Credit card charges are not what you want to spend your money on. Here’s a guide to the different types of fees, when they occur and how to avoid them.
What's the difference between interest and fees?
Firstly, it’s important to recognise the difference between interest and fees. If you don’t pay off what you owe in full each month – you’ll typically be charged interest on the outstanding amount, known as the balance.
Explore more: How do credit cards work?
Some credit cards also come with an annual fee, though many don’t. More often, you’ll incur fees for doing, or not doing, something in particular.
Types of credit card fees
Missed or late payments: a fee for making a monthly repayment late. It’s typically £12. You’ll also incur a fee if you pay less than the agreed minimum repayment or if your payment bounces.
Going over your credit limit: a fee for going beyond your credit card limit – in other words, owing more than a card provider has agreed to lend you at any given time. This fee is also likely to be around £12.
Balance transfers: there’s often a fee for transferring your outstanding balance from one credit card to another. This will be set out in any offer made to you.
Cash withdrawals: there’s typically a fee for withdrawing cash – known as a cash advance. This will often be a percentage of the amount you withdraw, with a stated minimum fee. The minimum on HSBC credit cards is £3.
Using your credit card outside the UK: you may have to pay a non-sterling transaction fee for using your card outside the UK and when withdrawing cash.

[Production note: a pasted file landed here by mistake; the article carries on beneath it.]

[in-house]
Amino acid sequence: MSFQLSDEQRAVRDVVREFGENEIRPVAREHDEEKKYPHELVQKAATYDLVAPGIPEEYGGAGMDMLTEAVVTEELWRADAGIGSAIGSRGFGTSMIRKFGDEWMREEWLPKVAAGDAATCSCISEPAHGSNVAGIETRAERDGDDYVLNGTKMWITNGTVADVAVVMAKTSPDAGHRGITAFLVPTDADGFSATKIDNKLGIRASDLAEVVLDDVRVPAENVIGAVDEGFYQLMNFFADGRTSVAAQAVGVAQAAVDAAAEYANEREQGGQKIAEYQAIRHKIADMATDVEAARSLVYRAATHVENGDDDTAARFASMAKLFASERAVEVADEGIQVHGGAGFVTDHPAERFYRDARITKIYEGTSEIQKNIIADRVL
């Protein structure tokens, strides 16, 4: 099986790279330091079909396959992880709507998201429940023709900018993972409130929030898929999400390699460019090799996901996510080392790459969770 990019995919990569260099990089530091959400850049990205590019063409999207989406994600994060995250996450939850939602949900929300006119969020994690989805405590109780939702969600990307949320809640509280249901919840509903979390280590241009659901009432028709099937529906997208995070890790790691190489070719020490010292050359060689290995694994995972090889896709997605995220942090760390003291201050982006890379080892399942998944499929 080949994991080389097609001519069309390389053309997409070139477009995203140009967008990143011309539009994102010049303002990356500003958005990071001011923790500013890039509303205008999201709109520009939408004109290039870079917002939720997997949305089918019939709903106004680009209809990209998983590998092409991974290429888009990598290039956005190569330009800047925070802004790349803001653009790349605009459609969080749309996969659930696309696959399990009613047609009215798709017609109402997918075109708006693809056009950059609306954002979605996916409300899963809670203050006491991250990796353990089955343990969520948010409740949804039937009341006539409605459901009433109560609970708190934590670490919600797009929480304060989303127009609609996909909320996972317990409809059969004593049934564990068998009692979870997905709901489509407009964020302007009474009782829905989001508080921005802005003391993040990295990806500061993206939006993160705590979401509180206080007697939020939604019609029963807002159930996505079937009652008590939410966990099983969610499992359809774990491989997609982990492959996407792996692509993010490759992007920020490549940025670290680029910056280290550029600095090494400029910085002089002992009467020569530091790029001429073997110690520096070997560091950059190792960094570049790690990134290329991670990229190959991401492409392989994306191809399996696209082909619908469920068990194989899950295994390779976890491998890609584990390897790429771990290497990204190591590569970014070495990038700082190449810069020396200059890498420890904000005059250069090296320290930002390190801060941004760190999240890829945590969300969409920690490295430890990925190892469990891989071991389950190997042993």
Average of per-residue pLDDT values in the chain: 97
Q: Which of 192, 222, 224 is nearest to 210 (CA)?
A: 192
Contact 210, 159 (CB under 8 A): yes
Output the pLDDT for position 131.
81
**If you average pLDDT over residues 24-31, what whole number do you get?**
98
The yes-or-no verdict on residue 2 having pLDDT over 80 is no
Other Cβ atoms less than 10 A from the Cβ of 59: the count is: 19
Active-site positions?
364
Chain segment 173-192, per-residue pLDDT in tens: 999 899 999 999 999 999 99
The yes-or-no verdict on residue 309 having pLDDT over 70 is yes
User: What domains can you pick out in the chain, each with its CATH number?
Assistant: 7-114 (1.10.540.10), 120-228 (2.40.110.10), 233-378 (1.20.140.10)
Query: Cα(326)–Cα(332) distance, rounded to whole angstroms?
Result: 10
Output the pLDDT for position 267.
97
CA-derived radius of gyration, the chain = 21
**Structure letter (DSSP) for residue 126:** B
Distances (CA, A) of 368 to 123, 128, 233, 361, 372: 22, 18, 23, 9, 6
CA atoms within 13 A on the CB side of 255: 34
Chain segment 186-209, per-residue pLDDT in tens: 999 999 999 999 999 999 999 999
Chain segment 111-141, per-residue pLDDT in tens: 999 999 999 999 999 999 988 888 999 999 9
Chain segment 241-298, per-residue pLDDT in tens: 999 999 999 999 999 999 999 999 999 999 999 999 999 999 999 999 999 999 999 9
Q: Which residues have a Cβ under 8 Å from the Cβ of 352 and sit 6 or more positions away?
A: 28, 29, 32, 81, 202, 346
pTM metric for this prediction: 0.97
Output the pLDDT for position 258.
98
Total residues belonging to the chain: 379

How to avoid fees
The good news is, the above fees are avoidable. Here are some tips on how to manage your credit card so you don’t incur fees:
1. Pay off as much as you can
Ideally, pay off your balance in full each month. Failing that, pay as much as you can and at the very least your minimum repayment.
2. Automate your payments
Direct Debits help you avoid fees and give you one less job to do each month. Set up a recurring monthly payment for as much as you can afford to pay off and at least the minimum repayment.
If you do automate your payments, keep in mind you can still make other payments throughout the month so you can clear the debt faster.
3. Change payment dates
Pay at the time of month that suits you best. For example, if you get paid on a certain day each month, set up a Direct Debit for the money to come out on that day or the day after. Then you’ll know you can make the payment.
4. Know your limits
Check the terms of your credit card and keep your borrowing limit in mind. Make sure it’s set at a level you’re comfortable with and don’t go over it. Check your statements and use online banking or an app to keep an eye on your balance.
Explore more: What is a credit limit?
5. Set up alerts
If you have an HSBC credit card, we’ll send you reminders and alerts when your payments are almost due or you’re approaching your limit. We all need a nudge sometimes – just try to take action if you get one.
6. Use a card with a 0% interest period
You’ll still need to make a minimum repayment each month and you’ll have to pay interest once the interest-free period ends.
Explore more: What is a 0% interest credit card for?
7. Don't use your credit card to withdraw cash
Occasionally you may feel like you have no choice, but try to avoid using your credit card for cash withdrawals. They’re not designed to be used like debit cards and the fees can be large if you’re withdrawing a lot of cash.
8. Check the terms when travelling
Whether you’re planning on using travel money, a debit card or a credit card when spending outside the UK, be aware of the different factors involved, including fees and security.
Explore more: Should you use a card or travel money outside the UK?